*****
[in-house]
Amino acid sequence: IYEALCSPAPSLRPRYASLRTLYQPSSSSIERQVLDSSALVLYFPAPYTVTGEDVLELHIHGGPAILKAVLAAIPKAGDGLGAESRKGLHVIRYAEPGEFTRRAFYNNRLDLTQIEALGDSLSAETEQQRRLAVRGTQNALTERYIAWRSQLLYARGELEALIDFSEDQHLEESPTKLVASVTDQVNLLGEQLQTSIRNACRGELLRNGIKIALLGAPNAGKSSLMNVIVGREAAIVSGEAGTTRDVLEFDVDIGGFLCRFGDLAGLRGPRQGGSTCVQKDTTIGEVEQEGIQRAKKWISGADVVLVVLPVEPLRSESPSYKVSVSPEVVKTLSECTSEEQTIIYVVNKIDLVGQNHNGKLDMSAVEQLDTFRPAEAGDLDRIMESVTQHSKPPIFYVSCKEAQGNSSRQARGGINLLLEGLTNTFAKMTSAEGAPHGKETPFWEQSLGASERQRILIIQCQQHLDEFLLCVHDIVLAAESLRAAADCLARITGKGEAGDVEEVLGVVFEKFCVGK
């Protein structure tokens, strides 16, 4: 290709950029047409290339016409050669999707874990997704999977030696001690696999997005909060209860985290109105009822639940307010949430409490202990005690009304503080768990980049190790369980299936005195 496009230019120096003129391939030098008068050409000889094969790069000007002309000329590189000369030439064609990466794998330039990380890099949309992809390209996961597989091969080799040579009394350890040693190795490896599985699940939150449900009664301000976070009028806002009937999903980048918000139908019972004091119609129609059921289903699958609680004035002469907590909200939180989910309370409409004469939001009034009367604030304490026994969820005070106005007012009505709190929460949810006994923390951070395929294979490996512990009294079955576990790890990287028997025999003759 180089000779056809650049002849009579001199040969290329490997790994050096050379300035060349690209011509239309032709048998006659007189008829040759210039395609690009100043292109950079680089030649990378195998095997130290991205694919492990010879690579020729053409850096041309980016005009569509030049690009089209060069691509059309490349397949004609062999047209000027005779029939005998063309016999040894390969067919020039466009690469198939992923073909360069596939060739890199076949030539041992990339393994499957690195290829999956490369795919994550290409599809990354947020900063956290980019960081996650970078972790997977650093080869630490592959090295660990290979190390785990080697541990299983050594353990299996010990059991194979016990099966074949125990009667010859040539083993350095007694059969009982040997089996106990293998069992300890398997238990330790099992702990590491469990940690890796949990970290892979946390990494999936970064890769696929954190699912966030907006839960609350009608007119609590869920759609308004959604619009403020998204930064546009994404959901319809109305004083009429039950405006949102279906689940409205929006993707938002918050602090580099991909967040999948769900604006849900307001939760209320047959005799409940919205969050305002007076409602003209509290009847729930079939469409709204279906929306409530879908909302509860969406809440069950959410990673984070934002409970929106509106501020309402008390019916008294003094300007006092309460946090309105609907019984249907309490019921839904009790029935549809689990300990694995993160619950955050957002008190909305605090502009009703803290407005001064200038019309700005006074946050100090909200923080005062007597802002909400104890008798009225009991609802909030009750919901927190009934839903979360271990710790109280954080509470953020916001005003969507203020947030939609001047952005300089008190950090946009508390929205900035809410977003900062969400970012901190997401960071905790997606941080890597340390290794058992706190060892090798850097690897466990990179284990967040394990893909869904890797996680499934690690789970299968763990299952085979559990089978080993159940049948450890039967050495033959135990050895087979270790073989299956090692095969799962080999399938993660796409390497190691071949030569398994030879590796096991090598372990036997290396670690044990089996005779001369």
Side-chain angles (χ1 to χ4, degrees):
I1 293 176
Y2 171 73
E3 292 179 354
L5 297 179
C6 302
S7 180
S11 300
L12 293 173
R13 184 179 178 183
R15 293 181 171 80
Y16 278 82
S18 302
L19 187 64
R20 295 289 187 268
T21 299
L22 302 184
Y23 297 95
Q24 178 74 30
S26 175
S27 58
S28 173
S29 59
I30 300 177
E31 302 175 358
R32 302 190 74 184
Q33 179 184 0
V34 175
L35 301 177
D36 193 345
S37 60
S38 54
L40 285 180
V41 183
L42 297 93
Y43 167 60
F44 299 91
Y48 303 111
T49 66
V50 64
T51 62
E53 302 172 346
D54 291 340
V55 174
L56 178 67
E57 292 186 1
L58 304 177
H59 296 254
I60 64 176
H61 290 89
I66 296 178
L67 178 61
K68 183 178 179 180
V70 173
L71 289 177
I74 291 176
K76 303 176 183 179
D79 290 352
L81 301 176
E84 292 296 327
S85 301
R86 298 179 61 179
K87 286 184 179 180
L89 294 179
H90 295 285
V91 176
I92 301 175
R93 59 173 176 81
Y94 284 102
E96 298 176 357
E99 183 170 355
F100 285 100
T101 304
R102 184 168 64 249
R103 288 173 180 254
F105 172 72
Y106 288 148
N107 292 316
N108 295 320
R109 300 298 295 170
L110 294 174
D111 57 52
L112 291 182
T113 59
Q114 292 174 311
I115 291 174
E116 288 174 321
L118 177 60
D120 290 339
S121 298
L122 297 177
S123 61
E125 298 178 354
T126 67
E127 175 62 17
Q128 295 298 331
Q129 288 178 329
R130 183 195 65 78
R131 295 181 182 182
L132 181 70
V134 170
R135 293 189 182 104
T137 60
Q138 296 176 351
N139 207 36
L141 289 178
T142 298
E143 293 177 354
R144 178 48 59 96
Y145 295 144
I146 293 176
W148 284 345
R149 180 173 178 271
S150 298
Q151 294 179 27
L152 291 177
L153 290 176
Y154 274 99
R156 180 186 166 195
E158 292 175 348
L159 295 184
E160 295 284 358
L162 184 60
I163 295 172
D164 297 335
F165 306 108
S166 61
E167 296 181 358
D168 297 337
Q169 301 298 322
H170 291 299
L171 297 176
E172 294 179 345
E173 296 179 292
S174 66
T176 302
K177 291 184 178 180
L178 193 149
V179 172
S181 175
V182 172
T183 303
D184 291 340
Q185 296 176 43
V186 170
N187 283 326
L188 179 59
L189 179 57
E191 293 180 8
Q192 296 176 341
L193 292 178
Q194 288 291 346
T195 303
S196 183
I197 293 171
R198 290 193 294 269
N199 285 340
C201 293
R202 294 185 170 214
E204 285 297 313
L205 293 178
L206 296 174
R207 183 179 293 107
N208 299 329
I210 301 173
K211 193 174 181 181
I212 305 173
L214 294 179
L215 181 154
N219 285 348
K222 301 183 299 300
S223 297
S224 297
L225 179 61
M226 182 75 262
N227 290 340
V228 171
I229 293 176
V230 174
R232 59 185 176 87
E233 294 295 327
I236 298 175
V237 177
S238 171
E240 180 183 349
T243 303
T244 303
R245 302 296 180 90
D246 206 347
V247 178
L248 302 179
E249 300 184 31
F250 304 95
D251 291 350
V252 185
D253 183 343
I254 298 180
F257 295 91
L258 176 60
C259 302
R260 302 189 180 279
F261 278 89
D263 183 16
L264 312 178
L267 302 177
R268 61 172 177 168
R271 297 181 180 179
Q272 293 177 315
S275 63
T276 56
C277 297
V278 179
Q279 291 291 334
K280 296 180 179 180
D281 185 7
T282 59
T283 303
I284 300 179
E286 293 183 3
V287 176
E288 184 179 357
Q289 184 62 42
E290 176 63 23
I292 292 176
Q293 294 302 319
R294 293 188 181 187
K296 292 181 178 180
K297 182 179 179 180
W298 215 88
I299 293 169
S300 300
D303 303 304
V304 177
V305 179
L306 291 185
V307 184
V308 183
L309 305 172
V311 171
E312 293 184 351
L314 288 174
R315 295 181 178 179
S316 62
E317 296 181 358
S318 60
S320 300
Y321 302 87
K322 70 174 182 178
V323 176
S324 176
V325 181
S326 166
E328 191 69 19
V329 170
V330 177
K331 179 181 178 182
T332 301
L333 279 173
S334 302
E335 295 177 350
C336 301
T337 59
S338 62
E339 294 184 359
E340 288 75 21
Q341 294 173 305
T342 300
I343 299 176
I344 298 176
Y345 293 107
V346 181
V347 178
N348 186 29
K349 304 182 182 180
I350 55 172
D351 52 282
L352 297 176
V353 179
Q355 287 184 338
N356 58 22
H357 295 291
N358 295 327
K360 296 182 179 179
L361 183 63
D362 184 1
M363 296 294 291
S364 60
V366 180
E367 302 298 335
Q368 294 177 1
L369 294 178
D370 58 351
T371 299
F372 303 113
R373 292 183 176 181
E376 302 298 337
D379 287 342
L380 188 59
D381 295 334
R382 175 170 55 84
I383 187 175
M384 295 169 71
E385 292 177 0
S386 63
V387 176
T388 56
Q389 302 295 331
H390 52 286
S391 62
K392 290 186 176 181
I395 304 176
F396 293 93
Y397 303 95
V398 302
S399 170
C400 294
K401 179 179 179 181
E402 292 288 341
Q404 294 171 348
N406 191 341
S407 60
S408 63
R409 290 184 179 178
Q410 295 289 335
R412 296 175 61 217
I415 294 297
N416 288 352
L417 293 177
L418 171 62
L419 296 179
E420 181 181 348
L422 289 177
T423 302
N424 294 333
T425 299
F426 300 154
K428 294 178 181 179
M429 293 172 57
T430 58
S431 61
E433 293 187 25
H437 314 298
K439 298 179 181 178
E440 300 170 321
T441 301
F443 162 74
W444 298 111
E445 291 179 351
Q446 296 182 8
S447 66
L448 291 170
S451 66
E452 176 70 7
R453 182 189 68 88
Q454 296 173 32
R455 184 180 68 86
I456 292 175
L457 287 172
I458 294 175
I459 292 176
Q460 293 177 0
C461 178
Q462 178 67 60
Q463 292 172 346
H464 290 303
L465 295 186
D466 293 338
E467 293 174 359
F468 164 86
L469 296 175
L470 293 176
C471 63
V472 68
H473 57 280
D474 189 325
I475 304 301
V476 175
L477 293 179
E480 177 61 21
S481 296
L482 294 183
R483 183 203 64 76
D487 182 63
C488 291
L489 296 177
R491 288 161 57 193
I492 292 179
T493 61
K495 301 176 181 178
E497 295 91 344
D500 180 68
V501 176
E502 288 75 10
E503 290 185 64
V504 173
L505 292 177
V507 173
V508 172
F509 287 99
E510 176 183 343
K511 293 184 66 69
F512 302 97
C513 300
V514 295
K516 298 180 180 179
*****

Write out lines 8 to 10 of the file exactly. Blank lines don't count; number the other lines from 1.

L5 297 179
C6 302
S7 180